September 25, 2006 12:03 PM PDT

Gas from manure: Big plant to open

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A plan to convert large quantities of manure into natural gas and sell it over pipelines is materializing.

Microgy plans to start operating its first two thermophilic digesters--large, heated vats in which microbes turn manure into fuel--in its Huckabay, Texas, facility next month, according to a company representative.

Barnyard energy

The digesters extract biogas, a mixture of carbon dioxide and methane, from manure. Biogas can be used locally to run generators and farm equipment, but by burning off the carbon dioxide (about a third of the overall gas content), natural gas is created that can be shipped through a pipeline.

The company has already installed digesters at farms in Wisconsin, but the majority of gas created there gets consumed by local farmers. The coming Huckabay Ridge plant is another beast entirely.

When complete, the eight digesters--each of which hold 916,000 gallons--will be able to process the manure of 10,000 cows. That's enough to produce a billion cubic feet of biogas a year. A year's worth of biogas can sell for about $4.6 million. The plant itself costs $11.2 million.

Microgy, a division of Portsmouth, N.H.-based Environmental Power, believes that it could build several digesters throughout the country. Meat giant Swift & Co., for one, is looking at the feasibility of installing thermophilic digesters.

Microgy's first two digesters will likely start producing biogas in October, a little later than the anticipated third-quarter start date. They are being filled up now.

"There is (about) a 20-day digestion process," the company representative said.

Turning manure into gas has environmental benefits. Traditional manure composting can lead to algae blooms and chemical runoffs.

The Five Star Dairy farm in Elk Mound, Wis., which has a Microgy digester, uses the leftover grass and solid bits from gas production--which doesn't smell anymore--for cow beds.

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Article title should be: No Sh-t!
Does this mean a future with our own waste? Instead of a rural home (fecal) matter wasting in a septic field, perhaps an opportunity knocks for a residential version, then you can power your home off your own biowaste!
Have a party and serve lots of fiber-laden foods!
Just think, college dorms can power themselves just on the waste of pizza and snacks!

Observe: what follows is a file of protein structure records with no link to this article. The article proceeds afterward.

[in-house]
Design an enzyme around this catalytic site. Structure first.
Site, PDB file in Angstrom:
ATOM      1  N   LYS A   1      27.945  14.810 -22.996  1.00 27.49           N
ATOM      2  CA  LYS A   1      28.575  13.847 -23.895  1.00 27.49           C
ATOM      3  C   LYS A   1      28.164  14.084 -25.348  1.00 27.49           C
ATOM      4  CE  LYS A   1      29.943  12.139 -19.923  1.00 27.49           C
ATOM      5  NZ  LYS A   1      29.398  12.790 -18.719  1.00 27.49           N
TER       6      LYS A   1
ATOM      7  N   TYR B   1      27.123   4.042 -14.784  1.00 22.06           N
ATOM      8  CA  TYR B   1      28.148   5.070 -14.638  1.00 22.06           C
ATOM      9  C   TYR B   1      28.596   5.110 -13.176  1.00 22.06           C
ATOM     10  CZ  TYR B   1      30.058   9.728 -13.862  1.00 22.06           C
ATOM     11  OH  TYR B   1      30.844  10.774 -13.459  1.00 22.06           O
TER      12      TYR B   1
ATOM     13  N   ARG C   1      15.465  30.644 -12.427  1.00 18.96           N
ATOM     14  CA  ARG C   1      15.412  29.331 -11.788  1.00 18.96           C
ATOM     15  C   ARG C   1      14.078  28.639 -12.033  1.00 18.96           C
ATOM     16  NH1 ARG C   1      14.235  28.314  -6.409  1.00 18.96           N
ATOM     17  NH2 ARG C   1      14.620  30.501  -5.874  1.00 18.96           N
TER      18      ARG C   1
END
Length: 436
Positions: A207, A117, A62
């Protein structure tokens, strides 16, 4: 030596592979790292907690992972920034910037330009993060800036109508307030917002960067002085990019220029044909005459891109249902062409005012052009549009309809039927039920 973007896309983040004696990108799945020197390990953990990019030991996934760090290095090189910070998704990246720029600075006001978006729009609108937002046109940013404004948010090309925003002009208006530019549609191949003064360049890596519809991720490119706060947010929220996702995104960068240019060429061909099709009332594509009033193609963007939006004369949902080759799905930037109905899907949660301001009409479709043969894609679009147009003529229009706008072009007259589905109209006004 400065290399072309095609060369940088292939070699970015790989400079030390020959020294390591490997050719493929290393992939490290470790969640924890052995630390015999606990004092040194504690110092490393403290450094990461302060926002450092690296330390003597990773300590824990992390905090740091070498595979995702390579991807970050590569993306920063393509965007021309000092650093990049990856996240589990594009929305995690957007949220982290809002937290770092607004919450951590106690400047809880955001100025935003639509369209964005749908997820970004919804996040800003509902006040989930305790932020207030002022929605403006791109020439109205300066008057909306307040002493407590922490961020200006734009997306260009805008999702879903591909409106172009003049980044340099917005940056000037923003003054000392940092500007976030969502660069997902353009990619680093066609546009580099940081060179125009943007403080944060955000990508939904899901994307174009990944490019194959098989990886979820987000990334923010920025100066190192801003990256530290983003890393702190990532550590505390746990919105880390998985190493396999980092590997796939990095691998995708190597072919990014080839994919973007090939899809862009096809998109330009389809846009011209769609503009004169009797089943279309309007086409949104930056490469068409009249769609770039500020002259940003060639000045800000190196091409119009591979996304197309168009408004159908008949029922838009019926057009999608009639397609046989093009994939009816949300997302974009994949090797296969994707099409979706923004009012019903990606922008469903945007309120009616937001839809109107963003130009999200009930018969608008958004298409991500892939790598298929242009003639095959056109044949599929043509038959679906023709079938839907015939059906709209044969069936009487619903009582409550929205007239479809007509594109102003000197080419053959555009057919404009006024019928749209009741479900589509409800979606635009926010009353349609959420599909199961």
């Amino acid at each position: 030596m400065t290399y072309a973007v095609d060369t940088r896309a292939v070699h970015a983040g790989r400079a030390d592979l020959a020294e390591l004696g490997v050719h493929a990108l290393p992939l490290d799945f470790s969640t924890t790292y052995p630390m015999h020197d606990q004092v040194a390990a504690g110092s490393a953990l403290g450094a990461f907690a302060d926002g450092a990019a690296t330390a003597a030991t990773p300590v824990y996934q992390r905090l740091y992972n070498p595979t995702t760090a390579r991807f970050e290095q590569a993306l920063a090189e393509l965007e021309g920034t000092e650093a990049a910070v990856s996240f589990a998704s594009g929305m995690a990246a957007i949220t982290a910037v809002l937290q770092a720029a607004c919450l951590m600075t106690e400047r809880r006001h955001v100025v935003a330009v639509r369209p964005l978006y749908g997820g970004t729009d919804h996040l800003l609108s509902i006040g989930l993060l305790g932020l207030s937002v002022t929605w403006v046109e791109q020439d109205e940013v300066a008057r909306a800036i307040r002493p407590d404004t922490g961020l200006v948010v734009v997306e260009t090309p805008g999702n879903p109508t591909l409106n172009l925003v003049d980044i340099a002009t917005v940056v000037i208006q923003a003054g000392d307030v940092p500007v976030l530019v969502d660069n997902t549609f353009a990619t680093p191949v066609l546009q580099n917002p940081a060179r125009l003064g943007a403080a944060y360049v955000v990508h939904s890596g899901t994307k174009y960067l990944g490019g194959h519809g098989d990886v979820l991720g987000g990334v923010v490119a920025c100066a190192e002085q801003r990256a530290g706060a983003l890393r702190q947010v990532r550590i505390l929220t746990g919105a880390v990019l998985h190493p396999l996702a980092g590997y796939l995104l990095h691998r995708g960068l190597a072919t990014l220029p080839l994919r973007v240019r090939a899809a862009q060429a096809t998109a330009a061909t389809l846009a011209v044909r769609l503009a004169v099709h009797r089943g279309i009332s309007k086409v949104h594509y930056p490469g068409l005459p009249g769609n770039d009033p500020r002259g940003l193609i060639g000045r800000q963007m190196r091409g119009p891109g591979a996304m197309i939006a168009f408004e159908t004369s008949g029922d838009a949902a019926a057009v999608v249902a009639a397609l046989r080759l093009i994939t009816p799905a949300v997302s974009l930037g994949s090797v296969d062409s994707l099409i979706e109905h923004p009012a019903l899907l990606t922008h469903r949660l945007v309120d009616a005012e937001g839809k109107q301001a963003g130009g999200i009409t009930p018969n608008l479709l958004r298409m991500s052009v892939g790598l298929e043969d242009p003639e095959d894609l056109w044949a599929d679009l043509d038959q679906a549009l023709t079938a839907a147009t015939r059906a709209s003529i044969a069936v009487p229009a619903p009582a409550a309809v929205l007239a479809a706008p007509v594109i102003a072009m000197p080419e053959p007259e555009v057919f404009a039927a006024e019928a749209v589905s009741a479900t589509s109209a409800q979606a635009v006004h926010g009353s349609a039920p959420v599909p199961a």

Hey look, those fat neighbors always leave their lights on!
Posted by Below Meigh (249 comments )
Reply Link Flag
Burning CO2 ?!?!?!??
<<...but by burning off the carbon dioxide... >>

You have Methane and Carbon Dioxide... you light a match... and the CO2 is supposed to burn?!? Somebody want to explain how you "burn off" carbon dioxide?
Posted by David Arbogast (1709 comments )
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Magnesium will burn in carbon dioxide, forming carbon and magnesium oxide. In the absence of oxygen, the methane will not burn.
Posted by realkato (31 comments )
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biogas and CO2
It struck me like a brick falling on my foot! Did anyone proof this? Removing the stated volume of this gas would take a bit of chemistry beyond burning.

It could be reacted with quick lime that could make calcium carbonate, but that cost big bucks. And a waste disposal for the product of the reaction.
Posted by bigduke (78 comments )
Link Flag
Wrong location
I realize that texas is a big producer of manure, but Washington DC has the biggest supply.
Posted by picklesdaddy (6 comments )
Reply Link Flag
There's a certain company in Redmond that's not doing to cr*appy themselves.
Posted by City_Of_LA (118 comments )
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Gas from Manure
There is a plant in Nashua New Hampshire that converts human waste to gas,in operation now.
Posted by Joe Ranguette (1 comment )
Reply Link Flag
City waste plants have..
burned methane produced in sewerage disposal plants for decades until cheap electric power displaced many of the big engines that drove the machinery and pumps. There are still swamps that burp methane and it can be ignited.

The cow pies of ten thousand bovine bodies is a big pile of c*&p!

My grandfather used to use a spreader to put it on his fields for next years crops. Is this a forgotten practice? OTOH in winter in the north it collects behind the barn until it thaws in spring.
Posted by bigduke (78 comments )
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Carbon Dioxide?
I have always thought that dry ice was the solid form of Carbon Dioxide. Couldn't the byproduct of this process be used to create refrigeration to air condition computer centers or even as air conditioning for a community or some industry? Just a thought, as I didn't see anyone else mention it. The cold could be stored under ground... I think. Regards, R. LaMonte
Posted by R. LaMonte (1 comment )
Reply Link Flag
probably not economical
It takes a lot of energy to solidify CO2 into dry ice... I'm guessing that if it were an economically viable cooling solution, we would already be using dry ice in data centers and our own homes, given that CO2 is more than plentiful.
Posted by David Arbogast (1709 comments )
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